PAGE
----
Sunday, November 06, 2005

Meeting and Bureaucracies and Nazis (Wannsee)

Bureaucrats are supposed to love meetings. By this criteria, Simon Ramo, a major figure in aerospace who has written a book on meetings reviewed in the LA Times is no bureaucrat.
"During his 69 years in the aerospace industry, Simon Ramo figures he's attended more than 40,000 meetings — an average of two or three per workday.

About 30,000 of those meetings could have been shorter or not held at all, he laments."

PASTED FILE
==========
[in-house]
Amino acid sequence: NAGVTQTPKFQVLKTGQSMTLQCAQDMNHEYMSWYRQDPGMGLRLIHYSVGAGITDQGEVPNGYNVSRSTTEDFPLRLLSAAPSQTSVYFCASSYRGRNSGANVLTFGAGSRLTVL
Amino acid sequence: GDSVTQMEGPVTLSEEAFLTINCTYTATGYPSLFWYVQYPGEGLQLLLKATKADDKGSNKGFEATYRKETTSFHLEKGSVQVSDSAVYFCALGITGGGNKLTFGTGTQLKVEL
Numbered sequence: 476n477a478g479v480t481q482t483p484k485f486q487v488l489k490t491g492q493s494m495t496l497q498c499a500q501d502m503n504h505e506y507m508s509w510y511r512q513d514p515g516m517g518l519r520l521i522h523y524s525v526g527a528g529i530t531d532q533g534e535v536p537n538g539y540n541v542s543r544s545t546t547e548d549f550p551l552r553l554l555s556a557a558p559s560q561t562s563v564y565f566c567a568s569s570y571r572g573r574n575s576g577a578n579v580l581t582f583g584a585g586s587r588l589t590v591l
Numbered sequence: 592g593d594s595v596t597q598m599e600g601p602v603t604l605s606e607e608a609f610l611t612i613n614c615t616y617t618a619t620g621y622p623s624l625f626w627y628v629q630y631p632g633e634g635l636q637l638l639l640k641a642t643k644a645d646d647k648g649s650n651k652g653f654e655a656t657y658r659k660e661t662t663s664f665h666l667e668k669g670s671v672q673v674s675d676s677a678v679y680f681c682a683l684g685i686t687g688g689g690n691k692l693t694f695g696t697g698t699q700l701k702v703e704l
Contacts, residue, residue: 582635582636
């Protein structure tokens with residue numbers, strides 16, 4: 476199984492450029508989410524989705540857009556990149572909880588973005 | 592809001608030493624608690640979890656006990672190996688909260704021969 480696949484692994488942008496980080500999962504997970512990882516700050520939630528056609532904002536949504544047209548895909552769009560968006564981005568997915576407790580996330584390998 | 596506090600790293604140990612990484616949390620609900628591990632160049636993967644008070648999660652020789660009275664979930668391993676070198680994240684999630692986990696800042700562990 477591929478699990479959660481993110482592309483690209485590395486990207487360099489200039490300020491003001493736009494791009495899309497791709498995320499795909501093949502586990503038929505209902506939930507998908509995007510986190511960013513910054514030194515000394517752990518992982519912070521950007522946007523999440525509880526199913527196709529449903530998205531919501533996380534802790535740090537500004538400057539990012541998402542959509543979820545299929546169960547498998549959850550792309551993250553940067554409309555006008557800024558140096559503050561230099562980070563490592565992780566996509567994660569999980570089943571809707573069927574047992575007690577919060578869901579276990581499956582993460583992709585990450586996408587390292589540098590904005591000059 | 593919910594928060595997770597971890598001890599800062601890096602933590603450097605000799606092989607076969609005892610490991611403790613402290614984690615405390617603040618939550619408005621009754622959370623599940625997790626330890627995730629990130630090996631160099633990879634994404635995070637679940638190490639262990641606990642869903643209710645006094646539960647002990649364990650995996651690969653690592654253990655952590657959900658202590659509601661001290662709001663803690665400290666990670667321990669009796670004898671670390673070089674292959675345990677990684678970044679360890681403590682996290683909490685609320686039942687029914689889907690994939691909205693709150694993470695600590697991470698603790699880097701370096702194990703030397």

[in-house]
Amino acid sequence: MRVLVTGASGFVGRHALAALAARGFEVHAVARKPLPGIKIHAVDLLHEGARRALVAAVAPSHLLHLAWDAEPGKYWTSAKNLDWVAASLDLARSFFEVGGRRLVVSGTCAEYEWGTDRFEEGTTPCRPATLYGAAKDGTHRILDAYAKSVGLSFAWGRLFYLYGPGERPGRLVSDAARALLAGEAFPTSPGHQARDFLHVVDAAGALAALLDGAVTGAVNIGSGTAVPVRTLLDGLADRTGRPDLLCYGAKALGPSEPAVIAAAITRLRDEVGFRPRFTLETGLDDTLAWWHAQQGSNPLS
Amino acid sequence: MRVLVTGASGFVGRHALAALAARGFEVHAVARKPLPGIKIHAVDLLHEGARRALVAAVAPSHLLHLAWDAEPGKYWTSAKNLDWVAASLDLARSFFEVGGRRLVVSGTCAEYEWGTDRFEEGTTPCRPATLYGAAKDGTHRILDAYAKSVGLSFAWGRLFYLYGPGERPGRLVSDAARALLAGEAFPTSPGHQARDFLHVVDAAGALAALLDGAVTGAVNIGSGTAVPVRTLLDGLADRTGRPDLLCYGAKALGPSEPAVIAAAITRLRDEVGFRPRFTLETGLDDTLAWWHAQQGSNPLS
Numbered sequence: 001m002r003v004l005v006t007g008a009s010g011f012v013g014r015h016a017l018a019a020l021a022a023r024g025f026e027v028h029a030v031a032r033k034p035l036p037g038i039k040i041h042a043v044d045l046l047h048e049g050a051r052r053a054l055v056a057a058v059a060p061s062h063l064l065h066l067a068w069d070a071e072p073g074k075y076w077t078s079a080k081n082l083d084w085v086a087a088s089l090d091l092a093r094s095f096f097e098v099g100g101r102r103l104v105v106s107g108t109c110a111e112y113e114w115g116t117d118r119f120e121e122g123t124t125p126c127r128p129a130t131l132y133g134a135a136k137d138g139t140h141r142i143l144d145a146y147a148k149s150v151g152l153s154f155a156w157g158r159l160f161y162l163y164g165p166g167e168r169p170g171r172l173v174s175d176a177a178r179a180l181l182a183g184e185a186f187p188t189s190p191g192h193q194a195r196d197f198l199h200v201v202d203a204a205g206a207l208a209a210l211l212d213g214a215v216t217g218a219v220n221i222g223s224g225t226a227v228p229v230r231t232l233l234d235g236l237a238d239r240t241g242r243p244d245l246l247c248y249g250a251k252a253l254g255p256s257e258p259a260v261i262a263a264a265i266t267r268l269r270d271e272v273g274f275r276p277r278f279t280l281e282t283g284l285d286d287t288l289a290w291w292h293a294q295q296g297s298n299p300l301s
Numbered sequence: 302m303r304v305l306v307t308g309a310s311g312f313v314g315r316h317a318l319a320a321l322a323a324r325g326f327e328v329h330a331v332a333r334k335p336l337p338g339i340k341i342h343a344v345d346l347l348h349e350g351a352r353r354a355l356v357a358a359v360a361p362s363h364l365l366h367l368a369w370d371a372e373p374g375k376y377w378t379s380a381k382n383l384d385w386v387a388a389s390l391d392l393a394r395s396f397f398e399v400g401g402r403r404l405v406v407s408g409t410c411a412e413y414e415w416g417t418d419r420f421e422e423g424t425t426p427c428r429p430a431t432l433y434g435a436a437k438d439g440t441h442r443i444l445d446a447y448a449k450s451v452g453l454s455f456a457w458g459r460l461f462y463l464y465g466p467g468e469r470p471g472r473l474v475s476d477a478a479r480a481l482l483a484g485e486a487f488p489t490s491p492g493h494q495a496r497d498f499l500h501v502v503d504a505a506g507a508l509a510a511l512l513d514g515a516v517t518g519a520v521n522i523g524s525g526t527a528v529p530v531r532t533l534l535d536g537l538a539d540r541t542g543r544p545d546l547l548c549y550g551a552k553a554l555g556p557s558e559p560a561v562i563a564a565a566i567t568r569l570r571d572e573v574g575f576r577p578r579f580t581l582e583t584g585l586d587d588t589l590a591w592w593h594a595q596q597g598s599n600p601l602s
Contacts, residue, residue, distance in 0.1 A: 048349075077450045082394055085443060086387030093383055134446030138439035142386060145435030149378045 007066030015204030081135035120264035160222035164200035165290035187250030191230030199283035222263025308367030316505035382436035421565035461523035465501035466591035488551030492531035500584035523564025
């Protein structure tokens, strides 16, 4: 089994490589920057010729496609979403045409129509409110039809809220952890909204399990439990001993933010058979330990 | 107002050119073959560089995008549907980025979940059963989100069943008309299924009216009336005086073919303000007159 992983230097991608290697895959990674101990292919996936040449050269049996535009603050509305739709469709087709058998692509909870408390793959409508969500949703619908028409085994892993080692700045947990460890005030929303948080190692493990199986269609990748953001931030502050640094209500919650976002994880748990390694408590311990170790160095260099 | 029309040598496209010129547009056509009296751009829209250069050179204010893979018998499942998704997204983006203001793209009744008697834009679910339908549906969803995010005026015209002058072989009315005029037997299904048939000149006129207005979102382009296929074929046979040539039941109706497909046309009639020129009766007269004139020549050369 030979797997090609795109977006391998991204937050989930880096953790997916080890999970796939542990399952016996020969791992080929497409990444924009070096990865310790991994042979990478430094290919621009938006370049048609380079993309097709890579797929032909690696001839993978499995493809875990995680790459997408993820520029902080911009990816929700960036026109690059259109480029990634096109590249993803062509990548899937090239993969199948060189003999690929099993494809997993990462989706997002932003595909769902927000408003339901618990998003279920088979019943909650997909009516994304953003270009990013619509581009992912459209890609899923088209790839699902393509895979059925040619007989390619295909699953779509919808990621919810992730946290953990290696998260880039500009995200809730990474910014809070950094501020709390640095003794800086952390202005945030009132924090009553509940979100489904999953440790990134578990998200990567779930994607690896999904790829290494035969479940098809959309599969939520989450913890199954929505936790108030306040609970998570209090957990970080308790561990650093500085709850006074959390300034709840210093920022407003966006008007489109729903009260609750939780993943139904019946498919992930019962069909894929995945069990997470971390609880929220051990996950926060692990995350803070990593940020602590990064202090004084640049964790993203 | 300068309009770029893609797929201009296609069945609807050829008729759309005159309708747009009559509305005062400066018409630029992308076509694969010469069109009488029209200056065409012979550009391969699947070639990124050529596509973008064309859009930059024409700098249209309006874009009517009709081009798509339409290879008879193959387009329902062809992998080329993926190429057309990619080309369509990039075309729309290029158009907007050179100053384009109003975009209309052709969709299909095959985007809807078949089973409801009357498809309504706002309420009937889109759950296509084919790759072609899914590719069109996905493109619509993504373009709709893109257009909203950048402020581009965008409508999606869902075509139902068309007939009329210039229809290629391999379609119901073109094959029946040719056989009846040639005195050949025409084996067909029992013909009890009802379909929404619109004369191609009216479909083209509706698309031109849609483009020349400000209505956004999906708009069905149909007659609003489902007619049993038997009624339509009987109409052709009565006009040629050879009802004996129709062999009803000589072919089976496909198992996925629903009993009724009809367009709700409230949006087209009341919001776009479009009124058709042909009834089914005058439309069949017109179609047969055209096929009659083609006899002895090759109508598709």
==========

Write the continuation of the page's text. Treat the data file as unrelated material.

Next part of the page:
By bureaucratic criteria, the Nazi's Wannsee meeting, which is dramatized in the HBO movie "Conspiracy", which we watched last night, was very effective. Of course in a tyranny a man like Heydrich (played by Kenneth Branagh) can bribe and threaten to get a bunch of bureaucrats to agree on a course. What was interesting, and effective, in the movie was the differing perspectives brought to the movie by the various participants (the lawyer (Colin Firth) who'd done the original Nazi race laws, with their careful and bureaucratic categorizing of Jews and near-Jews, was especially interesting. What was horrible was the duality: on the one hand watching the tactics and concerns of the bureaucrats; on the other remembering the reality behind the bureaucratic language--that all of this led to 6 million dead.

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